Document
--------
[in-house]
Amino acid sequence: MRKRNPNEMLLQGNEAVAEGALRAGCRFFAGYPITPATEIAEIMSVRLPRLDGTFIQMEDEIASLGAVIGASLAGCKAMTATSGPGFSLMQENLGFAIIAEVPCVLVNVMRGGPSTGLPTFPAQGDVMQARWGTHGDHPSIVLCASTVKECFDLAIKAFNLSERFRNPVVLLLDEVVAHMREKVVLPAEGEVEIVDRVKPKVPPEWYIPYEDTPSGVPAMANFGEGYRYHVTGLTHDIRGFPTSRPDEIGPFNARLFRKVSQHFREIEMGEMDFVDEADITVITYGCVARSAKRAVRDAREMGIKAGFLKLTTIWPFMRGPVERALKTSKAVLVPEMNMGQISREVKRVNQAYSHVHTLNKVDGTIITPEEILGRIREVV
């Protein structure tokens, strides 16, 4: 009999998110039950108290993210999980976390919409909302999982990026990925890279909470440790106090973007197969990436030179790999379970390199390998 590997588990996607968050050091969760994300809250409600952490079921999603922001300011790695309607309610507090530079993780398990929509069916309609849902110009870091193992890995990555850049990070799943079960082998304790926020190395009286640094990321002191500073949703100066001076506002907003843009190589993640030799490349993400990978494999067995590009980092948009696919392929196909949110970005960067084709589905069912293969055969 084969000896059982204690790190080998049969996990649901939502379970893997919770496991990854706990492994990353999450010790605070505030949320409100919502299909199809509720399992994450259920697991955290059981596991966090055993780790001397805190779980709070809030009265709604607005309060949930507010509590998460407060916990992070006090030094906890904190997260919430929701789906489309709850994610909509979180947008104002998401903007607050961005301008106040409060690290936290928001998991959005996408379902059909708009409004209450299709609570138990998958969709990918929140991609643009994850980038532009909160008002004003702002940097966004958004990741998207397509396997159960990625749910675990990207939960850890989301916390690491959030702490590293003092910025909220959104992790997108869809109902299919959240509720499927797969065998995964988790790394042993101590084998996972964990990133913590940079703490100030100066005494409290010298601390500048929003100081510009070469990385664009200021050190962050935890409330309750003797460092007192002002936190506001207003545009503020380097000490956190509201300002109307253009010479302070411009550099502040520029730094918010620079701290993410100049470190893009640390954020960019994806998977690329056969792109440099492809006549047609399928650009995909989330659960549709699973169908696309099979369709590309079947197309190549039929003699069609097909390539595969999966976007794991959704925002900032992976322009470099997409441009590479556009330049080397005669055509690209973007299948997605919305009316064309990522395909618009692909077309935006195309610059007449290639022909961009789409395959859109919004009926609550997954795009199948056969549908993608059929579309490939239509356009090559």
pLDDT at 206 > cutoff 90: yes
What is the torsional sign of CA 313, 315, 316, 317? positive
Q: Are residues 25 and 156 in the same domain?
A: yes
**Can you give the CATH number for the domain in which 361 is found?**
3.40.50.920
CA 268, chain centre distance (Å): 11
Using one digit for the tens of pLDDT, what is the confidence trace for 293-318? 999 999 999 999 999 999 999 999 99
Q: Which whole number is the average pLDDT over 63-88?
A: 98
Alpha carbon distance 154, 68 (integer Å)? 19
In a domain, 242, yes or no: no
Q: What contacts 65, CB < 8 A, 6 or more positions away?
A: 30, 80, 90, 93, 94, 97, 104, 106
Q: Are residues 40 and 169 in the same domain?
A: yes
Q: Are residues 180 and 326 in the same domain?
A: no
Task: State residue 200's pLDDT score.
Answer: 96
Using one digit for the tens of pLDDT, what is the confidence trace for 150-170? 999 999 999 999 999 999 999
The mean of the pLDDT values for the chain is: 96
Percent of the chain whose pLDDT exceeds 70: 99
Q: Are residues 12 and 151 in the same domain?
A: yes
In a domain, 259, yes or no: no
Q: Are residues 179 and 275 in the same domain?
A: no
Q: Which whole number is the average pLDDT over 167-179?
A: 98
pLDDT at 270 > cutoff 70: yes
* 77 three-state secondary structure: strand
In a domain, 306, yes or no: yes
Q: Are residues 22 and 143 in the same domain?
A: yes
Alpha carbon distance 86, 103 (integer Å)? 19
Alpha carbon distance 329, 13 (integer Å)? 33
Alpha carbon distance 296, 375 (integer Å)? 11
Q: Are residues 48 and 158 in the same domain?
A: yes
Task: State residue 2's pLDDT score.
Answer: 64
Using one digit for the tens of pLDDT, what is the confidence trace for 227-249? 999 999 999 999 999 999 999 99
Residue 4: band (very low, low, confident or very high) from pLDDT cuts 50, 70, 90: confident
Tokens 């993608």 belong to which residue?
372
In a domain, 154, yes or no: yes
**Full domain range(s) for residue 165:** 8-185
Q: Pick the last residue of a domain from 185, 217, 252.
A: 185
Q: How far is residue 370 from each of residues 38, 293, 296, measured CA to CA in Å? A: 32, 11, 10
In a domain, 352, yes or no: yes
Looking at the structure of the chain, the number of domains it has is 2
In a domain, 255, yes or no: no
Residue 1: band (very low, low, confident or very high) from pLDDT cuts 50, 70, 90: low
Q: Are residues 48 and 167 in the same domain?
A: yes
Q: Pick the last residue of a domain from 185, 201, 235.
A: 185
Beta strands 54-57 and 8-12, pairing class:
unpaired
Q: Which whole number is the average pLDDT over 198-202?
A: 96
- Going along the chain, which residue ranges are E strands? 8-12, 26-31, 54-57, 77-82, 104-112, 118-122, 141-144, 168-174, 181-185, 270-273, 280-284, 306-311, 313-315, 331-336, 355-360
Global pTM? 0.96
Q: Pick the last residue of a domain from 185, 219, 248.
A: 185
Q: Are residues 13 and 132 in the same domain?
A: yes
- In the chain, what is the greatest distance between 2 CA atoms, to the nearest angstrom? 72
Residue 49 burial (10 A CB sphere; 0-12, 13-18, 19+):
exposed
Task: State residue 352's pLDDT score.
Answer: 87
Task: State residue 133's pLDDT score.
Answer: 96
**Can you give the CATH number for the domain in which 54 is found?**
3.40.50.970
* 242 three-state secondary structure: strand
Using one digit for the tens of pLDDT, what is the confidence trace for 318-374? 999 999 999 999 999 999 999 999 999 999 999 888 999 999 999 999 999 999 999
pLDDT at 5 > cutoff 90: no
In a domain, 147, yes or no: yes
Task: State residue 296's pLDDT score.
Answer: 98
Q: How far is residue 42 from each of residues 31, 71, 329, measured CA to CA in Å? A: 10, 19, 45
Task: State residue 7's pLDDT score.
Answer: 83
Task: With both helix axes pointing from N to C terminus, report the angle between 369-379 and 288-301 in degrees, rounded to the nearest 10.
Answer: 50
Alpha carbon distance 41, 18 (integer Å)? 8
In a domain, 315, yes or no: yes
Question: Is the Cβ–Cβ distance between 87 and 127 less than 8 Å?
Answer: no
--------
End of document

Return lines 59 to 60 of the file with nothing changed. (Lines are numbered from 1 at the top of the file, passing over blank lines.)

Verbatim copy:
Q: Are residues 48 and 167 in the same domain?
A: yes